Kingston is only other Ontario municipality that has so far joined hundreds of other cities and towns around the world in joining the declaration
News from the Hamilton-based citizens watchdog group, Citizens At City Hall
Posted March 25th, 2019 on Niagara At Large
At the urging of the Environment Hamilton citizens group, city councillors have declared a climate emergency joining hundreds of municipal governments in Europe and North America including Vancouver, Halifax and Kingston.
At least hundreds and perhaps thousands are dead in Mozambique, Zimbabwe and Malawi in the wake of Typhoon Idai that created a new lake 125 km long and 25 km wide just west of the city of Biera. At least 600,000 people were displaced and a week later vast areas were still underwater.
The typhoon hit just before the global student climate strike on March 15 of 1.6 million including 150,000 who marched in Montreal. However both the strike and the typhoon got limited media attention because of the white supremacist mass murder in New Zealand.
Mayor Eisenberger authored the motion that resolved “that the City of Hamilton declare a climate emergency that threatens our city, region, province, nation, civilization, humanity and the natural world” and directed the new city manager to set up a multi-departmental task force and report back within 120 days. The resolution passed by a vote of 10-0 with six absences.
Its preamble notes that “the City of Hamilton has already been impacted by climate change through shoreline and escarpment destruction, millions of dollars of infrastructure damages by extreme storm events and increased freeze-thaw cycles destroying our roads and subsurface infrastructure.”
It also referenced last fall’s finding of the world’s climate scientist collective that carbon pollution has to be at least cut in half over the next decade to minimize catastrophic increases in temperatures, extreme weather and loss of life.
Ancaster councillor Lloyd Ferguson argued there isn’t an emergency and wanted a decision on Eisenberger’s motion put off until a staff report in June. He is worried about what city action will cost and also expressed suspicion about climate terminology.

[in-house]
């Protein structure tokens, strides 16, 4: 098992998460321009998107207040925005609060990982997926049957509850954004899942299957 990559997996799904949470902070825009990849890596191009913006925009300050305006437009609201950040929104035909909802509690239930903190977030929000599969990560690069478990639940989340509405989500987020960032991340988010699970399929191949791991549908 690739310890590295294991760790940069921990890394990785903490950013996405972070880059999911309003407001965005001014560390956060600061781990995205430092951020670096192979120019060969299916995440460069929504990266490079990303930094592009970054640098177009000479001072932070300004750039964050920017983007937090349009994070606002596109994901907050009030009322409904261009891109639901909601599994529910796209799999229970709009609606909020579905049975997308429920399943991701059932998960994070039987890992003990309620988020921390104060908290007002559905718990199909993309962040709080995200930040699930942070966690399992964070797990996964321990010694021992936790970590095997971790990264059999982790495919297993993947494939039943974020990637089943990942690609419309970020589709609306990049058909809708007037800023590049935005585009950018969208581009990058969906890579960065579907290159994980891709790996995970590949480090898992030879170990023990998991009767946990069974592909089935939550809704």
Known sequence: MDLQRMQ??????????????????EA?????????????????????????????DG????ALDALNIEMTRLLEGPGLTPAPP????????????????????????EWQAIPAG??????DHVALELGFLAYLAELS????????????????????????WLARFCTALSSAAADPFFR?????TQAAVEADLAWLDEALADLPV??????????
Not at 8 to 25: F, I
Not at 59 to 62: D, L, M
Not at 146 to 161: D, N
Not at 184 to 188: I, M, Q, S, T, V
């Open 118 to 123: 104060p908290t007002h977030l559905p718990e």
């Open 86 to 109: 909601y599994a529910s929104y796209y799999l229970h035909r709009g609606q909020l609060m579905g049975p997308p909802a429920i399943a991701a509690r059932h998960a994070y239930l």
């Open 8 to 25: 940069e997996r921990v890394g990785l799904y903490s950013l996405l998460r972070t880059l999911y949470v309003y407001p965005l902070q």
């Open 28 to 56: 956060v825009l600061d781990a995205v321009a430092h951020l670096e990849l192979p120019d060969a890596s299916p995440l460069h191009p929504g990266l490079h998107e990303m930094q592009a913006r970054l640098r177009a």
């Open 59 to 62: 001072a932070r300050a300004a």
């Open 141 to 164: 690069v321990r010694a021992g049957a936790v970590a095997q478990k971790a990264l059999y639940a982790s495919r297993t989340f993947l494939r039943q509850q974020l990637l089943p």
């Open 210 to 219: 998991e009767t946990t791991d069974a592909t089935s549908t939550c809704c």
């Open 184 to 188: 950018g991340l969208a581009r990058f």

“You’ve changed the branding of what you’re reaching for,” Ferguson accused the Environment Hamilton delegation. “It was always global warming, global warming, and now it is climate change. Is it because North America had a brutal winter that it’s hard to sell the global warming side and now you’re re-branding to climate change?”
Ferguson left before the vote on the motion, but other councillors like Nrinder Nann and Maureen Wilson argued that it would be far more costly not to act.
“There’s often a mis-perception out there in the community that being responsible and taking action on climate is a costly endeavour,” said Nann, “and from my understanding and my ongoing learning on the issue, on an immediate end, yes it requires an investment, but from a long term perspective it’s actually revenue generating.”
Wilson contended that “the cost of inaction will cripple us”. Sam Merulla also highlighted the urgency to act and the costs already occurring in Hamilton. “One thing that’s for certain is we have some really erratic weather that we never used to see,” he declared.
Wilson pointed to the student climate strikes and the obligation of older generations to act on the environmental damage they have imposed on the planet including climate breakdown.
“I know my children think of it all the time and I think what we’re seeing in the streets is an absolute frustration that those kids are going to inherit our mess and they can’t do anything about it,” she stated.
“Those of us who are sitting around this table can at least start, and the responsibility is ours. We’ve had a good go at it, and their normal is not going to be anywhere near our normal and we owe it to those children, we owe it to grandchildren who have not made this mess to do something. And if public corporations cannot lead then I don’t know who will.”
CATCH (Citizens at City Hall) updates use transcripts and/or public documents to highlight information about Hamilton civic affairs that is not generally available in the mass media. Detailed reports of City Hall meetings can be reviewed at hamiltoncatch.org. You can receive all CATCH free updates by sending an email to http://hamiltoncatch.org/newsletter/?p=subscribe.
To learn more about Kingston City Council recently declaring a climate emergency, click on – https://globalnews.ca/video/5028839/kingston-city-council-declares-climate-emergency .
To learn more about the world-wide campaign to declare a climate emergency for the planet, click on – https://climateemergencydeclaration.org/ .
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